Mary's embryos about to hatch. Credit: Copyright Dr. Laura Dean A female stickleback fish, nick-named 'Mary', has produced offspring from eggs that appear to have been fertilised while they were still inside her, according to scientists at the University of Nottingham. The team of researchers from the School of Life Sciences collected Mary on an…

Humans struggle to identify snail shell shades, but technology reveals true...

Cepaea nemoralis snails in their color variations at the University of Nottingham. Credit: Daniel Ramos Gonzalez They're neither white and gold or black and blue. But in an optical puzzle akin to The Dress, colourful snails are causing scientists at the University of Nottingham to turn to technology to definitively decide whether some snails' shells…

Complex structures’ organization studied in slime mold

Slime molds are unicellular organisms that can form multicellular structures like the ones seen here. Researchers at the University of Tokyo have used the slime mold Dictyostelium discoideum to understand how cells self-organize into complex structures in new research published in PNAS. Credit: Akihiko Nakajima, CC-BY-SA Researchers in Japan think they have found an answer…

Establishing the molecular blueprint of early embryo development

Each dot represents a single cell in the developing embryo, with the number of specialized cells increasing across the 48hrs from embryonic day 6.5 to embryonic day 8.5. The dots are colored based on which major cell type they represent, such as heart, lungs, brain and gut. The 116,000 dots are arranged so that cells…

Earth’s largest extinction event likely took plants first

This is a view of Coalcliff in New South Wales, Australia, where researchers discovered evidence that Earth's largest extinction may have extinguished plant life nearly 400,000 years before marine animal species disappeared. Credit: Christopher Fielding Little life could endure the Earth-spanning cataclysm known as the Great Dying, but plants may have suffered its wrath long…

Simplified method makes cell-free protein synthesis more flexible and accessible

A cartoon schematic of cell-free protein synthesis, a biotechnology that harnesses the cell's genetic code into a test tube. The schematic represents a simplified approach that allows scientists to execute the reactions by mixing a DNA template and two reaction premixes that contain all reagents necessary for protein synthesis to take place. Credit: Nicole E.…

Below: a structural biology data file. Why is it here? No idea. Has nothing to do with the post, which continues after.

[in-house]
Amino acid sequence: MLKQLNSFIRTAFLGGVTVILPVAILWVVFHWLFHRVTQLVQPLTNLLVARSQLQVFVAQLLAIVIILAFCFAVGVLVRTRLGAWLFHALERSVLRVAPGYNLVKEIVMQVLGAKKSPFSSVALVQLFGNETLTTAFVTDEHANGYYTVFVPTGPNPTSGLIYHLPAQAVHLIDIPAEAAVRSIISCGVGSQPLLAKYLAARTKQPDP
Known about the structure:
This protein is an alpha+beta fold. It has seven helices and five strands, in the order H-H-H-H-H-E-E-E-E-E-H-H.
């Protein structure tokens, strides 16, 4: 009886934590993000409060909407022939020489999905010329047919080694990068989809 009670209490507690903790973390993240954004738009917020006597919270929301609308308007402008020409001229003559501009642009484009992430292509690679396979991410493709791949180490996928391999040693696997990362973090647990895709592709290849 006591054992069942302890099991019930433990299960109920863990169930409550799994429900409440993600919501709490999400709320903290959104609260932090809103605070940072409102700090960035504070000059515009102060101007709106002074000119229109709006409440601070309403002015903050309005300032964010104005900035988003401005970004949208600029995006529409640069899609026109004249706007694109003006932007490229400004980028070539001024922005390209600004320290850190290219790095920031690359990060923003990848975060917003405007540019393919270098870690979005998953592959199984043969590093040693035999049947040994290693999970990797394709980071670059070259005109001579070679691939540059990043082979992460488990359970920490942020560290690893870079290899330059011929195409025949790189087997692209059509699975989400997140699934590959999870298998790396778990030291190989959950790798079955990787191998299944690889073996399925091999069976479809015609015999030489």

The 210-million-year-old Smok was crushing bones like a hyena

Coprolites, or fossil droppings, of the dinosaur-like archosaur Smok wawelski contain lots of chewed-up bone fragments. This led researchers at Uppsala University to conclude that this top predator was exploiting bones for salt and marrow, a behavior often linked to mammals but seldom to archosaurs. Credit: Martin Qvarnström Coprolites, or fossil droppings, of the dinosaur-like…

How your smartphone is affecting your relationship

Couple in restaurant with smartphones (stock image). Credit: © dima_sidelnikov / Fotolia Smartphones have become a constant companion for many of us. In a recent study by the Pew Research Center, nearly 50 percent of adults reported they "couldn't live without" their phones. Whether at the supermarket, in the doctor's office, or in bed at…

Gene therapy durably reverses congenital deafness in mice

The left panel is a schematic representation of the human ear. Sound waves are collected by the outer ear made up of the pinna and ear canal. The middle ear, composed of the eardrum and ossicles, transmits sound waves to the inner ear, which features the cochlea - the hearing organ responsible for transmitting auditory…

Genetic blueprint for extraordinary wood-munching fungus

Cells of the wood-eating fungus, Coniochaeta pulveracea, exhibit both yeast- and fungus-like type characteristics while breaking down twigs from an Acacia tree. Credit: Heinrich Volschenk A relatively unknown fungus, accidentally found growing on an Acacia tree in the Northern Cape, has emerged as a voracious wood-munching organism with enormous potential in industries based on renewable…